Project lead: Nadja Köffler together with Thomas Sojer
S p o n d e o – Lost Oaths in Academia
Spondeo is a short film which thrives into the abyss of unspoken social conventions at Austrian Universities, visually addressing topics like homelessness, intimacy, sexual assault, drug abuse and suicide. Spondeo grew out of a one-year student project carried out at the University of Innsbruck and involved the ideas of 20 students working together with researchers in cultural sociology (Nadja Köffler & Evi Agostini), an Italian artist and a Bavarian filmmaker. As an interdisciplinary team, we tried to tell a story about unspoken social conventions at Austrian universities, which have often remained hidden from social discourse. Following the concept of photovoice, the project gave students a ‘filmvoice’, visualizing what they felt about being a student and having to cope with a series of grievances. The film offers hidden clues, which reveal that the protagonist is homeless, being confronted with the abyss of academic life – peeping through windows and slightly left open doors, underlying that what she comes to see is socially intolerable. Historical recordings pop up like flashlights, provoking the confluence of the present and past history. Overall, the film portrays a fragmented and fast-moving academic world, which only touches a variety of issues so that the viewers are forced to use their imagination to think the storyline to an end. Spondeo does not answer any questions, rather coming up with a punch of question marks which should initiate a discussion in words.
Nadja Köffler together with Evi Agostini
Sebastian Fricke, Sojer Thomas, Roberto Paci Daló, Armin Baumgartner, Armin Brunner, Maximilian Facchin, Franz Gänsluckner, Irian Kennedy, Daniel Kraker, Stefanie Kuntner, Harald Löw-Baselli, Sonja Mittermaier, Melissa Oberrauner, Marisa Grübl, Matthias Obexer, Monica Piazolla, Ulrich Prader, Valentina Sader, Wolfgang Schöpf, Lena Stadlmayr and Michael Starlinger
Imagining Taboos: The Transformational Power of Aesthetic Experience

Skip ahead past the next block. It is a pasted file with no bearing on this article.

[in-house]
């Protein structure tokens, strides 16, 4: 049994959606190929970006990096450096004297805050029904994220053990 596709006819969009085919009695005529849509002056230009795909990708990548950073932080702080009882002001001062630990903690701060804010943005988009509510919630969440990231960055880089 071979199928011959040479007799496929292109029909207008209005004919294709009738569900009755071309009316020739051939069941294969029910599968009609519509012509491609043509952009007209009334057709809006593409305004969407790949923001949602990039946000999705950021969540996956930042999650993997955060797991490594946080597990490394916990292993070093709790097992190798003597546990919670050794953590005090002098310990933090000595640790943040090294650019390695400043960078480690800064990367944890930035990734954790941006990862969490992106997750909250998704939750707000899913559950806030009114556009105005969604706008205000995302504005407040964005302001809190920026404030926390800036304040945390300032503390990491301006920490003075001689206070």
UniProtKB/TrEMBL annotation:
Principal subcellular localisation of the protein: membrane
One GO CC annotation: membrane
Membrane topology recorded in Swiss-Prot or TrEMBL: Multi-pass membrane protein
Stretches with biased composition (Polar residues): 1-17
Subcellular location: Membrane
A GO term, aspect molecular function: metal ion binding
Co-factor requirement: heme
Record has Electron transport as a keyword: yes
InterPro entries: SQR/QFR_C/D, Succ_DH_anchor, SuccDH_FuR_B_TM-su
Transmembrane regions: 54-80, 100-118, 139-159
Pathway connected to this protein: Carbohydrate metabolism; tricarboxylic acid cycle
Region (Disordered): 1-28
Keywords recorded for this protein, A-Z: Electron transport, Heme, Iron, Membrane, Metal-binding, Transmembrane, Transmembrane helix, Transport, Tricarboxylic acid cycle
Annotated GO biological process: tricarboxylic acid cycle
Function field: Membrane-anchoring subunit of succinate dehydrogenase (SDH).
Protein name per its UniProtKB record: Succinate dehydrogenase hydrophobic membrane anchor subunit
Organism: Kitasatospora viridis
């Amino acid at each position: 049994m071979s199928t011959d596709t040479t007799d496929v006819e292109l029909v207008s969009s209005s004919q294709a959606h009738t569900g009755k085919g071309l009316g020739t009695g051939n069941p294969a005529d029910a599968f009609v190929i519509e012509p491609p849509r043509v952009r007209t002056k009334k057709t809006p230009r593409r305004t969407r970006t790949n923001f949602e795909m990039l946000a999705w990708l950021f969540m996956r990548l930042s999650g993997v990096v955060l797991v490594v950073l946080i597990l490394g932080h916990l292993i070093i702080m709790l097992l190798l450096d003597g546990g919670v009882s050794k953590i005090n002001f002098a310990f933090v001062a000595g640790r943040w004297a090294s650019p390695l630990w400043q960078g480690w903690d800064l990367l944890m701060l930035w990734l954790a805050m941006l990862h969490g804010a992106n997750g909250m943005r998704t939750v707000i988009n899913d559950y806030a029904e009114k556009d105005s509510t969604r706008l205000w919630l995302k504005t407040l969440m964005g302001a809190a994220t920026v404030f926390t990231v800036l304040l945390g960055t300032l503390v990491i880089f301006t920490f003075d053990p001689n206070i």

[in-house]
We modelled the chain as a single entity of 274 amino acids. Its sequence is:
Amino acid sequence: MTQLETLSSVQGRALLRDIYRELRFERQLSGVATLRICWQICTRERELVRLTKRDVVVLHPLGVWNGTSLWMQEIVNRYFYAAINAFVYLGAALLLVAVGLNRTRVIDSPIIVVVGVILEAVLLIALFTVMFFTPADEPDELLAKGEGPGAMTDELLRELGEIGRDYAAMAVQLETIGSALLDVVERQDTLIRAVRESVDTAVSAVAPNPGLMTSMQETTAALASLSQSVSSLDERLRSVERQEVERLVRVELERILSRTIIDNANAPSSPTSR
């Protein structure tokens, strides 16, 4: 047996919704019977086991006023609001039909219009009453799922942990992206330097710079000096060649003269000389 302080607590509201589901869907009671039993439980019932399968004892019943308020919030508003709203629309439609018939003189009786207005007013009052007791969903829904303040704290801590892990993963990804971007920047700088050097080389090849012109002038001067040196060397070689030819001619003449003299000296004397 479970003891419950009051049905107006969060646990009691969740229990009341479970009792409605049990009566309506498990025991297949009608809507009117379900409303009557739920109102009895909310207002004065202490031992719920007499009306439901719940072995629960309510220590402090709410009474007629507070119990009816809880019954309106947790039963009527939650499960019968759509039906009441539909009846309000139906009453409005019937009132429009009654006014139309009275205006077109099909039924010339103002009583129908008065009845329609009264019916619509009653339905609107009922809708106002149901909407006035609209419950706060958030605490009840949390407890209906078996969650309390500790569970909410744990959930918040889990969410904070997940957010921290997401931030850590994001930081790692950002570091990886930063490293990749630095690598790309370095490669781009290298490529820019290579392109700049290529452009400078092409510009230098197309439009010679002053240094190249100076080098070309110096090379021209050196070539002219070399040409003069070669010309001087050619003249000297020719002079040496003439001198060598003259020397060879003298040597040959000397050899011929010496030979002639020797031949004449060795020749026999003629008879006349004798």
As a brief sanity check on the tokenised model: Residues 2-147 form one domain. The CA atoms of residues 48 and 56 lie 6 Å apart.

Aesthetic experience is essential for sustainable educational processes, especially enabled through the process of image production and reception and the translation of the experiences of implementation of taboos into images. Aesthetic experience is not just a minor addition, but essential for sustainable educational processes, as demonstrated by the transdisciplinary artistic research project Border Crossing Through Images and Dialogue. It was realized within the framework of a two-semester seminar in 2016/2017 at the University of Innsbruck. Dealing with taboos as unspoken social conventions in formal educational context, the main objective was to enable aesthetic experiences through the creation of images. During the process of the realization, we drew upon the epistemology of images, film theory, educational theory and philosophy to examine how images address aesthetic experience: First of all, through the process of reception, secondly through the experiences of conception and realization. In contrast to the assumption that images (film, photography) also due to their fictional or constructive character, grant a sanction-free space for the discussion of taboos, the power of imagination during the production and creation of images has been experienced a serious deviation and taboo transgression. Nevertheless, the depiction and implementation of topics such as homelessness, intimacy, sexual assault, drug abuse and suicide finds opportunities for thinking through aesthetics as a contested domain committed to newness and innovation as well as to criticism and pluralistic thought.
Project lead: Nadja M. Köffler together with Evi Agostini
Information coming soon...
© Nadja M. Köffler 2018